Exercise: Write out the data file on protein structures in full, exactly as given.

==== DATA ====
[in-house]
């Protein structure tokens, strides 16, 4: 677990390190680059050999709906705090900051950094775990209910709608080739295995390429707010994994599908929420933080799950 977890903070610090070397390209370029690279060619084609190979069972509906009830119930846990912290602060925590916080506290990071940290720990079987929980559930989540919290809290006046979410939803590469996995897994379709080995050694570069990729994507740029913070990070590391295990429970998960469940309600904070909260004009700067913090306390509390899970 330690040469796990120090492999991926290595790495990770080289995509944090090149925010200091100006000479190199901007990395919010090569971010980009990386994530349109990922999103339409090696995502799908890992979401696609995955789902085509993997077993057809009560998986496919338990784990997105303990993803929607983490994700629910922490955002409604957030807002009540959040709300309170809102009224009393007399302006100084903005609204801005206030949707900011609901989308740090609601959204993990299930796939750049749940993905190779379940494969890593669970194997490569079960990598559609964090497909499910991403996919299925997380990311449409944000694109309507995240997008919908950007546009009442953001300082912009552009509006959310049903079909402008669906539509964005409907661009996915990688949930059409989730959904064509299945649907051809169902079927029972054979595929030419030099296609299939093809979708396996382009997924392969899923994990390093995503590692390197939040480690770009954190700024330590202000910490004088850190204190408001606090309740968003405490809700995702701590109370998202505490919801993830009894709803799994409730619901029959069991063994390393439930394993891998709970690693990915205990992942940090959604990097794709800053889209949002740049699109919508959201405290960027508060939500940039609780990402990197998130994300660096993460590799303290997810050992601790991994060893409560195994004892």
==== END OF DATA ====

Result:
[in-house]
């Protein structure tokens, strides 16, 4: 677990390190680059050999709906705090900051950094775990209910709608080739295995390429707010994994599908929420933080799950 977890903070610090070397390209370029690279060619084609190979069972509906009830119930846990912290602060925590916080506290990071940290720990079987929980559930989540919290809290006046979410939803590469996995897994379709080995050694570069990729994507740029913070990070590391295990429970998960469940309600904070909260004009700067913090306390509390899970 330690040469796990120090492999991926290595790495990770080289995509944090090149925010200091100006000479190199901007990395919010090569971010980009990386994530349109990922999103339409090696995502799908890992979401696609995955789902085509993997077993057809009560998986496919338990784990997105303990993803929607983490994700629910922490955002409604957030807002009540959040709300309170809102009224009393007399302006100084903005609204801005206030949707900011609901989308740090609601959204993990299930796939750049749940993905190779379940494969890593669970194997490569079960990598559609964090497909499910991403996919299925997380990311449409944000694109309507995240997008919908950007546009009442953001300082912009552009509006959310049903079909402008669906539509964005409907661009996915990688949930059409989730959904064509299945649907051809169902079927029972054979595929030419030099296609299939093809979708396996382009997924392969899923994990390093995503590692390197939040480690770009954190700024330590202000910490004088850190204190408001606090309740968003405490809700995702701590109370998202505490919801993830009894709803799994409730619901029959069991063994390393439930394993891998709970690693990915205990992942940090959604990097794709800053889209949002740049699109919508959201405290960027508060939500940039609780990402990197998130994300660096993460590799303290997810050992601790991994060893409560195994004892």